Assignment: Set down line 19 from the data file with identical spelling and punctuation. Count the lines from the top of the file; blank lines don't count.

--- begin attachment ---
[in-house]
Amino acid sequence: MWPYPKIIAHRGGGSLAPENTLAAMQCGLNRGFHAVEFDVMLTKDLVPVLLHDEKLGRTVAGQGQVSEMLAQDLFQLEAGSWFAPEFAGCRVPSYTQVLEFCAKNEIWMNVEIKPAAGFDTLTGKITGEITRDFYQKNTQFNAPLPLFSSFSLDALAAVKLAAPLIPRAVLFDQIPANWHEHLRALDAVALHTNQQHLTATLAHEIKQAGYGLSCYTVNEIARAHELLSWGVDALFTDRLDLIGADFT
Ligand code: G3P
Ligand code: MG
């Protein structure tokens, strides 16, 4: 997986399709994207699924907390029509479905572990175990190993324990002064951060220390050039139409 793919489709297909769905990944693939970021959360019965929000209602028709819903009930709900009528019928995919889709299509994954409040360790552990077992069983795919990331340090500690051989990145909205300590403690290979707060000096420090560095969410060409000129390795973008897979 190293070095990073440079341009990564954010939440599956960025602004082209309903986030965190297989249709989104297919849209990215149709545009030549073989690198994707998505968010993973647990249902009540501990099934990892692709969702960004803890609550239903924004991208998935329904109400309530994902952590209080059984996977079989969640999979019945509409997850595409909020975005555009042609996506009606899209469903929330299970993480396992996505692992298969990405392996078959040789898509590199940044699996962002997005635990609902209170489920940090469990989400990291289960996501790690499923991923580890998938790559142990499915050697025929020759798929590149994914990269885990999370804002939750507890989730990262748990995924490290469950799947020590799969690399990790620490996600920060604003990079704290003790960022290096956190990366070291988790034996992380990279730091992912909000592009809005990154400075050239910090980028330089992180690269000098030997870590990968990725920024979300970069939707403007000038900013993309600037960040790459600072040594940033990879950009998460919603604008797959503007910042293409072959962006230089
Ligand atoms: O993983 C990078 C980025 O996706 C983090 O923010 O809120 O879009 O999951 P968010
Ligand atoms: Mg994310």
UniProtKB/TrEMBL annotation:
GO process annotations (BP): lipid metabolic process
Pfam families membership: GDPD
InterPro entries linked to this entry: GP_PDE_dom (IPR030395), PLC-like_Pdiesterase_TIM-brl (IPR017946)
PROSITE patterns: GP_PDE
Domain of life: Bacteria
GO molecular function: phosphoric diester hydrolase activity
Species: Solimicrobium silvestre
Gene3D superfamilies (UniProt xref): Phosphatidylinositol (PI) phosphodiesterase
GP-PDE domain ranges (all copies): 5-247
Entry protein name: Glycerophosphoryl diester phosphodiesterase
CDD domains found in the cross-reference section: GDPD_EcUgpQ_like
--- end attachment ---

CDD domains found in the cross-reference section: GDPD_EcUgpQ_like